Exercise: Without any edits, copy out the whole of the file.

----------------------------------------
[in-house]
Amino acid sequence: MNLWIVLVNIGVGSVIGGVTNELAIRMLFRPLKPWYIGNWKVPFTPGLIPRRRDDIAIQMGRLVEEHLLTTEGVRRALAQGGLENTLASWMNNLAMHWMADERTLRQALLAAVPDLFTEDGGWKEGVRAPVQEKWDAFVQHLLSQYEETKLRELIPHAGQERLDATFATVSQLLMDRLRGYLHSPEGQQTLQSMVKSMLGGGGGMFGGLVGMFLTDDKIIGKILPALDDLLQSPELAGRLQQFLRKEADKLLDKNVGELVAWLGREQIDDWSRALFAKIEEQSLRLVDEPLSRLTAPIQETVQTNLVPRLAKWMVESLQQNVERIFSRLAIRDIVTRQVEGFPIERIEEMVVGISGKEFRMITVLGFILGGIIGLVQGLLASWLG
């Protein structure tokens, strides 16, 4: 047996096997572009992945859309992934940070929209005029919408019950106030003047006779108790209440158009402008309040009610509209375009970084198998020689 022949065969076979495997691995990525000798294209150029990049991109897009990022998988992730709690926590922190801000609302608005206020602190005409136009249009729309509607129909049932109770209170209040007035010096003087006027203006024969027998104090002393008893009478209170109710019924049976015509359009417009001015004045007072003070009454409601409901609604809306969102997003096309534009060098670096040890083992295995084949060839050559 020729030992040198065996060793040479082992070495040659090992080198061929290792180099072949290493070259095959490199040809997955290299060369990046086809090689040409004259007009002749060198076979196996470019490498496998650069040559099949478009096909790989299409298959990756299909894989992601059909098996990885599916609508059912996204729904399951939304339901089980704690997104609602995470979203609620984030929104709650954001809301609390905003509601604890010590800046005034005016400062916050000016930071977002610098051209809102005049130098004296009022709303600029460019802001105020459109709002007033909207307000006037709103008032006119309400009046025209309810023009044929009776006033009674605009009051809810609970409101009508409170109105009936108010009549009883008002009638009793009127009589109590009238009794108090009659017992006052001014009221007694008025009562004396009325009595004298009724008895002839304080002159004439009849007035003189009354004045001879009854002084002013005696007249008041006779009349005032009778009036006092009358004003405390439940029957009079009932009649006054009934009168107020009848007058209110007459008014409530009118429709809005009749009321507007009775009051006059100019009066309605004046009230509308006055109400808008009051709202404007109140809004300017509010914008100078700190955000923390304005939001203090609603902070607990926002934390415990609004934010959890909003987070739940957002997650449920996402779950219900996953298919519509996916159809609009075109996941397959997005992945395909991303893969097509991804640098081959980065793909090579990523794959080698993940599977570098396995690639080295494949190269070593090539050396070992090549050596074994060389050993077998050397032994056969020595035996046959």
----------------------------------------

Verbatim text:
[in-house]
Amino acid sequence: MNLWIVLVNIGVGSVIGGVTNELAIRMLFRPLKPWYIGNWKVPFTPGLIPRRRDDIAIQMGRLVEEHLLTTEGVRRALAQGGLENTLASWMNNLAMHWMADERTLRQALLAAVPDLFTEDGGWKEGVRAPVQEKWDAFVQHLLSQYEETKLRELIPHAGQERLDATFATVSQLLMDRLRGYLHSPEGQQTLQSMVKSMLGGGGGMFGGLVGMFLTDDKIIGKILPALDDLLQSPELAGRLQQFLRKEADKLLDKNVGELVAWLGREQIDDWSRALFAKIEEQSLRLVDEPLSRLTAPIQETVQTNLVPRLAKWMVESLQQNVERIFSRLAIRDIVTRQVEGFPIERIEEMVVGISGKEFRMITVLGFILGGIIGLVQGLLASWLG
């Protein structure tokens, strides 16, 4: 047996096997572009992945859309992934940070929209005029919408019950106030003047006779108790209440158009402008309040009610509209375009970084198998020689 022949065969076979495997691995990525000798294209150029990049991109897009990022998988992730709690926590922190801000609302608005206020602190005409136009249009729309509607129909049932109770209170209040007035010096003087006027203006024969027998104090002393008893009478209170109710019924049976015509359009417009001015004045007072003070009454409601409901609604809306969102997003096309534009060098670096040890083992295995084949060839050559 020729030992040198065996060793040479082992070495040659090992080198061929290792180099072949290493070259095959490199040809997955290299060369990046086809090689040409004259007009002749060198076979196996470019490498496998650069040559099949478009096909790989299409298959990756299909894989992601059909098996990885599916609508059912996204729904399951939304339901089980704690997104609602995470979203609620984030929104709650954001809301609390905003509601604890010590800046005034005016400062916050000016930071977002610098051209809102005049130098004296009022709303600029460019802001105020459109709002007033909207307000006037709103008032006119309400009046025209309810023009044929009776006033009674605009009051809810609970409101009508409170109105009936108010009549009883008002009638009793009127009589109590009238009794108090009659017992006052001014009221007694008025009562004396009325009595004298009724008895002839304080002159004439009849007035003189009354004045001879009854002084002013005696007249008041006779009349005032009778009036006092009358004003405390439940029957009079009932009649006054009934009168107020009848007058209110007459008014409530009118429709809005009749009321507007009775009051006059100019009066309605004046009230509308006055109400808008009051709202404007109140809004300017509010914008100078700190955000923390304005939001203090609603902070607990926002934390415990609004934010959890909003987070739940957002997650449920996402779950219900996953298919519509996916159809609009075109996941397959997005992945395909991303893969097509991804640098081959980065793909090579990523794959080698993940599977570098396995690639080295494949190269070593090539050396070992090549050596074994060389050993077998050397032994056969020595035996046959």